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DP Transmitter valve manifolds

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An important accessory to the DP transmitter is the valve manifold. Most DP transmitters come with either a 3-valve manifold or a 5-valve manifold or a single block and bleed valve manifold depending on the application. The valve manifold is used:
  • To isolate the DP transmitter from the process for maintenance and calibration.
  • To ensure that the DP transmitter is not over-ranged
3-Valve Manifold
This device incorporates three manual valves to isolate and equalize pressure from the process to the transmitter, for maintenance and calibration purposes. It consists of two block valves - high pressure and low pressure block valve - and an equalizing valve. The schematic below shows the configuration of a 3-valve manifold:

DPT in the schematic above is the DP transmitter. During normal operation
, the equalizing valve is closed and the two block valves(HP and LP) are open. When the transmitter is put into or removed from service, the valves must be operated in such a manner that very high pressure is never applied to only one side of the DP transmitter capsule.

Operational Sequence for Valving DP Transmitter with a 3-Valve Manifold into Service:
  1. Check all valves HP,LP and the equalizing valve are closed.
  2. Open the equalizing valve. This ensures that the same pressure will be applied to both sides of the transmitter, i.e. zero differential pressure
  3. Open the High Pressure block valve slowly, check for leakage from both the high pressure and low-pressure side of the transmitter.
  4. Close the equalizing valve. This locks the pressure on both sides of the transmitter.
  5. Open the low-pressure block valve to apply process pressure to the low-pressure side of the transmitter and establish the working differential pressure.
The transmitter is now in service. After removing the transmitter from service, it may be necessary to bleed any trapped air from the DP transmitter capsule housing.

Removing The 3-Valve Manifold DP Transmitter from Service:
The DP transmitter can be removed from service using the steps outlined below:
  1. Close the low-pressure block valve.
  2. Open the equalizing valve.
  3. Close the high-pressure block valve.
The transmitter is now out of service. The transmitter capsule housing still contains process pressure; this will require bleeding.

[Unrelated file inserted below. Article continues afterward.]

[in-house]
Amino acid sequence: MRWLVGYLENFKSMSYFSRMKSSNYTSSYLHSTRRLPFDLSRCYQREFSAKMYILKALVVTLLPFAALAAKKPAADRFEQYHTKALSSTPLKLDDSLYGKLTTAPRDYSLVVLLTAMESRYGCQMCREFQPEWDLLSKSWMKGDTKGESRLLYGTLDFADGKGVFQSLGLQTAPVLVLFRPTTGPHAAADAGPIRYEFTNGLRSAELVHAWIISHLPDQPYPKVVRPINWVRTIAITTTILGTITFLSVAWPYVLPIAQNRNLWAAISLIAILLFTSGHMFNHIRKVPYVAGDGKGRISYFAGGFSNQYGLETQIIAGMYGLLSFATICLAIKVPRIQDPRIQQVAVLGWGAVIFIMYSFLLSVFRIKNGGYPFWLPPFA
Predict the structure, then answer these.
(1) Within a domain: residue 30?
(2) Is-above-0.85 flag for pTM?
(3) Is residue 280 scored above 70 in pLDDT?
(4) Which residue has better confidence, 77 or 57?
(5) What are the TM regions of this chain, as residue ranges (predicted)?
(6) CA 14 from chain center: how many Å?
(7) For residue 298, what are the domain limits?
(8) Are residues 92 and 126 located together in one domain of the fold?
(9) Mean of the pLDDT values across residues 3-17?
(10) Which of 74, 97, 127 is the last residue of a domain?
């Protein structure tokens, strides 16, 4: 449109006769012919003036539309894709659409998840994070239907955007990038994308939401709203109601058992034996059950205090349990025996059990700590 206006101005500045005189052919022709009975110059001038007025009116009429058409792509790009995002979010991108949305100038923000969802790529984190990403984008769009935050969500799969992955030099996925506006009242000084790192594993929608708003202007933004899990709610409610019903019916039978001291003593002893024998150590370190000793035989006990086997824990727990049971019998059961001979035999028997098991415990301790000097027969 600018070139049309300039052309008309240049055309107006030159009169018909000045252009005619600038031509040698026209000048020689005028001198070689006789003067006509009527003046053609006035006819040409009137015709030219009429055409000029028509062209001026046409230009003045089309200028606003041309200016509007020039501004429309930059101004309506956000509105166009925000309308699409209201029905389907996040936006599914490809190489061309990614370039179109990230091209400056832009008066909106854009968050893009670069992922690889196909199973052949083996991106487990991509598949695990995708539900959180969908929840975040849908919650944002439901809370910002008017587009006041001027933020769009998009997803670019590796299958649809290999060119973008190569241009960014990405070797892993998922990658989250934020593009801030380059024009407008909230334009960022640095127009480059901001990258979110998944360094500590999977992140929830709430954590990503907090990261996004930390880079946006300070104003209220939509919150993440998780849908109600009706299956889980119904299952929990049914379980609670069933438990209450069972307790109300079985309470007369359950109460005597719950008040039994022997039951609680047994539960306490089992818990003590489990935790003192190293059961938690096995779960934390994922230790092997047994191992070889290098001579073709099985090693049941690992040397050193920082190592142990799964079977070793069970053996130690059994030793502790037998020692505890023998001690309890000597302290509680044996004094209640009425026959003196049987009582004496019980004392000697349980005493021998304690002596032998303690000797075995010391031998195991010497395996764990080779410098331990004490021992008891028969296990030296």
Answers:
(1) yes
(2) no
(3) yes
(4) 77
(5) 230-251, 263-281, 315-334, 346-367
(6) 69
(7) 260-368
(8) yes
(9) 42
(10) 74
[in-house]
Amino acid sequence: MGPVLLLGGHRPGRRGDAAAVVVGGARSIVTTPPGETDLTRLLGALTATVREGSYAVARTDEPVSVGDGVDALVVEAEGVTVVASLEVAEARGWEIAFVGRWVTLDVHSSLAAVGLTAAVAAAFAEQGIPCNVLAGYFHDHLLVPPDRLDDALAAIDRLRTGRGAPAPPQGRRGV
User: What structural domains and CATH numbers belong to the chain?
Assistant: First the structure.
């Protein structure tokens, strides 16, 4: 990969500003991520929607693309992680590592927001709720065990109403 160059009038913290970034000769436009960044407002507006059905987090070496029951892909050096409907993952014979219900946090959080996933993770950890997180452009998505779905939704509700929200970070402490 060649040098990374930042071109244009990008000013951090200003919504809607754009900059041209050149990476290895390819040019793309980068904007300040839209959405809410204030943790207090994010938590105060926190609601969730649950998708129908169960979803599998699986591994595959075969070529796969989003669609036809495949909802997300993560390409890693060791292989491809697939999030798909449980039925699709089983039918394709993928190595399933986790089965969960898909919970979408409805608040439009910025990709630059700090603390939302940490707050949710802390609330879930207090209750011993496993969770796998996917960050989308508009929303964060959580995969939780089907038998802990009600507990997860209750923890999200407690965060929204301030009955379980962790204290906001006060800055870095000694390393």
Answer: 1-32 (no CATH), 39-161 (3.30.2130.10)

5-Valve Manifold
The 5-valve transmitter manifold is shown in the schematic below:
During normal operation, the HP and LP valves are open while the equalizing valves and the bleed valve are closed. However, It is critically important that the equalizing valve(s) never be open while both block valves are open! If the process fluid is dangerously hot or radioactive, a combination of open equalizing and block valves will let that dangerous fluid reach the transmitter and manifold, possibly causing damage or creating a personal hazard.

Operational Sequence for Valving DP Transmitter with a 5-Valve Manifold into Service:
  1. Check all valves HP,LP, the bleed valve and the equalizing valves are closed.
  2. Open the equalizing valves. This ensures that the same pressure will be applied to both sides of the transmitter, i.e. zero differential pressure.
  3. Open the High Pressure block valve slowly, check for leakage from both the high pressure and low-pressure side of the transmitter.
  4. Close the equalizing valves. This locks the pressure on both sides of the transmitter.
  5. Open the low-pressure block valve to apply process pressure to the low-pressure side of the transmitter and establish the working differential pressure.
The transmitter is now in service.

Removing the 5-Valve Manifold DP Transmitter from Service
The DP transmitter with a 5-Valve manifold can easily be removed from service using the steps outlined below:
  1. Close the HP and LP block valves.
  2. Open the equalizing valves.
  3. Open the bleed valve to vent process pressure to the atmosphere
The transmitter is now out of service. As is always the case, the transmitter capsule housing still contains process pressure; this will require bleeding.
Note that the 3-valve and 5-valve DP transmitter manifolds are usually manufactured as monolithic or single units. The schematics above are just for illustration and explanations.

Single block and bleed valve manifold:
Transmitter valve manifolds also come in single block-and-bleed configurations. In this scenario, the transmitter is being used for gauge pressure applications. Here, the “low” pressure port of the transmitter is vented to atmosphere, with only the “high” pressure port connected to the process medium through impulse lines.
The schematic diagram below shows the single block and bleed valve manifold.

Removing the DP transmitter (DPT in diagram above) is very easy. Simply close the block valve and open the bleed valve to vent process pressure to the atmosphere. The DP transmitter is already out of service.

Putting the transmitter back into operation is also easy. Ensure that both bleed and block valves are initially closed. Then open the block valve and the transmitter is back to service.